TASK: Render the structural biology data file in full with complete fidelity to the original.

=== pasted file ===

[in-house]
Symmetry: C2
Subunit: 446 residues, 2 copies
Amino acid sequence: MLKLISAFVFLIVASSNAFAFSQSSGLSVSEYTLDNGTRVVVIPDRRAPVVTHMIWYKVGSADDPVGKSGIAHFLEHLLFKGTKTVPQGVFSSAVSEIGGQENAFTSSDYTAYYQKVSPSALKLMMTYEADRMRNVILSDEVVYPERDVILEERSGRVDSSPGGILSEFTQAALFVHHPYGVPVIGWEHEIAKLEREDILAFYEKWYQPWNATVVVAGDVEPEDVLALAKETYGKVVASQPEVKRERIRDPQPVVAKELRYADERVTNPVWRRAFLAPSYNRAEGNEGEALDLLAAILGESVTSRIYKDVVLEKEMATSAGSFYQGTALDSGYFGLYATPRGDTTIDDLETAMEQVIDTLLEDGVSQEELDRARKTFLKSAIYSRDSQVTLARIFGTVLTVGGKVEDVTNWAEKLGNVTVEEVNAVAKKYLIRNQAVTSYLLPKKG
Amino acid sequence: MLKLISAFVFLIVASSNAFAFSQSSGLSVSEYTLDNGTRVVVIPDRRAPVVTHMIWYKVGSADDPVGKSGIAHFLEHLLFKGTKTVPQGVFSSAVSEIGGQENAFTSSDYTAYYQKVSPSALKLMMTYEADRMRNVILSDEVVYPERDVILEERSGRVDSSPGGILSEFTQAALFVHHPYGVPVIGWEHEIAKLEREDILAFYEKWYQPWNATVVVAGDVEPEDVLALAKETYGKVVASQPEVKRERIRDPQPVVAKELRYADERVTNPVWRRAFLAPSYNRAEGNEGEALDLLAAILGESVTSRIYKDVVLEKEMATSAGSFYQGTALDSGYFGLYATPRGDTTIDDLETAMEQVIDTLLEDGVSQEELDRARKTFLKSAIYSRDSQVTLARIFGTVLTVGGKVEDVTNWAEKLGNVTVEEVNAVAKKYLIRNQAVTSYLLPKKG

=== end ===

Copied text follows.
[in-house]
Symmetry: C2
Subunit: 446 residues, 2 copies
Amino acid sequence: MLKLISAFVFLIVASSNAFAFSQSSGLSVSEYTLDNGTRVVVIPDRRAPVVTHMIWYKVGSADDPVGKSGIAHFLEHLLFKGTKTVPQGVFSSAVSEIGGQENAFTSSDYTAYYQKVSPSALKLMMTYEADRMRNVILSDEVVYPERDVILEERSGRVDSSPGGILSEFTQAALFVHHPYGVPVIGWEHEIAKLEREDILAFYEKWYQPWNATVVVAGDVEPEDVLALAKETYGKVVASQPEVKRERIRDPQPVVAKELRYADERVTNPVWRRAFLAPSYNRAEGNEGEALDLLAAILGESVTSRIYKDVVLEKEMATSAGSFYQGTALDSGYFGLYATPRGDTTIDDLETAMEQVIDTLLEDGVSQEELDRARKTFLKSAIYSRDSQVTLARIFGTVLTVGGKVEDVTNWAEKLGNVTVEEVNAVAKKYLIRNQAVTSYLLPKKG
Amino acid sequence: MLKLISAFVFLIVASSNAFAFSQSSGLSVSEYTLDNGTRVVVIPDRRAPVVTHMIWYKVGSADDPVGKSGIAHFLEHLLFKGTKTVPQGVFSSAVSEIGGQENAFTSSDYTAYYQKVSPSALKLMMTYEADRMRNVILSDEVVYPERDVILEERSGRVDSSPGGILSEFTQAALFVHHPYGVPVIGWEHEIAKLEREDILAFYEKWYQPWNATVVVAGDVEPEDVLALAKETYGKVVASQPEVKRERIRDPQPVVAKELRYADERVTNPVWRRAFLAPSYNRAEGNEGEALDLLAAILGESVTSRIYKDVVLEKEMATSAGSFYQGTALDSGYFGLYATPRGDTTIDDLETAMEQVIDTLLEDGVSQEELDRARKTFLKSAIYSRDSQVTLARIFGTVLTVGGKVEDVTNWAEKLGNVTVEEVNAVAKKYLIRNQAVTSYLLPKKG